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looking beyond borders

foreign policy and global economy

Archive for the tag “Donald Trump”

Deconstructing Trump’s Foreign Policy

It is possible to think two things at once: that U.S. President Donald Trump’s foreign policy has been “bad,” which many think it has been, and that it has offered a somewhat coherent alternative for how the United States should conduct itself beyond its borders. This suggests that the casual and smug dismissals of Trump, on domestic and foreign policy alike, are missing something important.

Read Here – Brookings

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The Powerlessness Of The Most Powerful

The president of the leading global power has made it clear that he has no interest in getting involved in resolving any of the world’s shared problems, dressing up his foreign policy as one of “principled realism.” But there is nothing principled or realistic about it.

Read Here – Project Syndicate

Should Asia Care About US Midterm Elections?

Regardless of the outcome of the elections, interested observers in Asia should anticipate four distinct shifts in U.S. foreign policy in the near term: Washington will be increasingly focused on China, Congress will likely support initiatives in the Indo-Pacific with greater resources, Trump may be less constrained in his use of presidential power, and surprisingly, the American people may actually be increasing their commitment to a rules-based order.

Read Here – Nikkei Asian Review

Trump’s Nineteenth-Century Grand Strategy

When U.S. President Donald Trump spoke to the United Nations General Assembly, he deliberately signalled a definitive break with the internationalist consensus that has guided U.S. grand strategy since World War II… But Trump’s brand of statecraft is not in fact out of step with much of U.S. history. Rather, he is discarding the key tenets of U.S. foreign policy since World War II in favour of an older strain of thinking about the United States’ role in the world.

Read Here – Foreign Affairs

Trump’s Foreign Policy Successes Show Principled Realism In Action

Trump has overcome internal resistance and external pressure to deliver an as yet uninterrupted string of foreign-policy successes : North Korea’s “Rocket Man” Kim Jong-un hasn’t launched a rocket in ten months; America’s NATO allies are finally starting to deliver on pledges to increase defense spending toward the 2 percent of GDP target agreed in 2006 ; Mexico has seemingly come to terms on long-overdue NAFTA reforms; the United States has stayed out of the Arab world’s interminable wars in Syria, Libya and Yemen; and the U.S. embassy in Israel moved to Jerusalem in May without sparking the Third Intifada predicted by Trump’s opponents.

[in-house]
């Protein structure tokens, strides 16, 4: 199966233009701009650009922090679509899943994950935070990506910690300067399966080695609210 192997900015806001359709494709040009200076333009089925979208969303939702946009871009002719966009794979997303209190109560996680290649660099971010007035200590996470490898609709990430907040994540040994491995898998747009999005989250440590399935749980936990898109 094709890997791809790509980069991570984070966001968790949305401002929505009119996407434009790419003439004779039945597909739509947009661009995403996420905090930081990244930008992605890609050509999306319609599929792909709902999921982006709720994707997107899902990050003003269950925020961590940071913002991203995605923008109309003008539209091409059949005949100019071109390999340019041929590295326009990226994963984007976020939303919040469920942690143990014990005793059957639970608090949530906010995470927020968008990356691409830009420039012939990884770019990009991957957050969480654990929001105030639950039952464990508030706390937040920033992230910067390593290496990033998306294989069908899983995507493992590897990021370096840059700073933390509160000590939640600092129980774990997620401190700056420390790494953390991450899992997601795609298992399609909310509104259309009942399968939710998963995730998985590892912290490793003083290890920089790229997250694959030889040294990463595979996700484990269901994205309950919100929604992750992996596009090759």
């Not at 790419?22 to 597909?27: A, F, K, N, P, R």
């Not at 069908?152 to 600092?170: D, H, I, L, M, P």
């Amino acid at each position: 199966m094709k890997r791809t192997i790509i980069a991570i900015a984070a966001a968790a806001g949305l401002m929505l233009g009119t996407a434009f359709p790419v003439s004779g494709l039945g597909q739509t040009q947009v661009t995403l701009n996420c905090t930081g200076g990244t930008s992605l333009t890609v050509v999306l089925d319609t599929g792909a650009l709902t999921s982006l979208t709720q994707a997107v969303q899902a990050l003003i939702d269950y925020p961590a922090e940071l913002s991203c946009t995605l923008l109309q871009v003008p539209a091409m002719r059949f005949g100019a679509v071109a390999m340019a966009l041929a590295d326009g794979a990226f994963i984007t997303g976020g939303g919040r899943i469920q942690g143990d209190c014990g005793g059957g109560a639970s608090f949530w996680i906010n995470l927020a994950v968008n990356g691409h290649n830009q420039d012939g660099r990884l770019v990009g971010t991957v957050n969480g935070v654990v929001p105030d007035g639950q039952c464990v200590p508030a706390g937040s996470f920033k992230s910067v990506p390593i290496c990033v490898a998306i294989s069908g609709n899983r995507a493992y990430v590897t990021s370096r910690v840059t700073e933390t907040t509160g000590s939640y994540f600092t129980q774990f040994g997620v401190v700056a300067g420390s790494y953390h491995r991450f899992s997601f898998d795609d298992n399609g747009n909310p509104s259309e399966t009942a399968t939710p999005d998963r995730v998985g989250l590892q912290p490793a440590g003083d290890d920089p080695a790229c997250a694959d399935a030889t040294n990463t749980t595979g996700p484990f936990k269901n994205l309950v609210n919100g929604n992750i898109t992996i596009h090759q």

Read Here – The National Interest

Donald Trump Issues A Scathing Rejection Of ‘Globalism’

“We reject the ideology of globalism” in favor of the “ideology of patriotism.” So spoke the American president from the pulpit, in the high church of the first ideology, before a congregation nominally convened in a spirit of global cooperation. Ahead of his address at the annual gathering of the United Nations General Assembly, the buzz around the building was not about whether the world would witness a confrontational Donald Trump, but rather about who specifically the president would single out for attack.

Read Here – The Atlantic

Also Read: The World Just Laughed at Donald Trump

Trump Has A New Weapon To Cause ‘The Cyber’ Mayhem

In rolling out the administration’s new “National Cyber Strategy,” National Security Advisor John Bolton said that Trump had removed restrictions on the use of offensive cyber-operations and replaced them with a more permissive legal regime that gives the Defense Department and other agencies greater authority to penetrate foreign networks to deter hacks on U.S. systems.

Read Here – Foreign Policy

Trump’s Soviet Approach To Intelligence

Collecting intelligence for someone who doesn’t want it is at best a waste of money, and at worst a prescription for disaster. Again, the Soviet example is a good one. In the lead-up to the second World War, and repeatedly during the war years, the Soviet Union squandered intelligence from the best spy network ever. Perhaps the biggest geo-strategic blunder in history was the Soviet failure to anticipate Operation Barbarossa, the 1941 Nazi invasion which almost led to the annihilation of the Soviet state.

Read Here – The Atlantic

The Battle For Crazytown

One of the more striking features of the 2016 U.S. presidential campaign was the bipartisan opposition to Donald Trump from inside the foreign-policy establishment. Democrats opposed him for obvious partisan reasons, but hostility to Trump was even more vehement on the Republican side.

Read Here – Foreign Policy

In Illinois, Obama Hits The Midterm Campaign Trail—And Trump

One hazard of the trolling that the United States has been subjected to from the White House for the past twenty months is that even the most alarming patterns can be hard to discern, and the most prominent dots impossible to connect.

Read Here – The New Yorker

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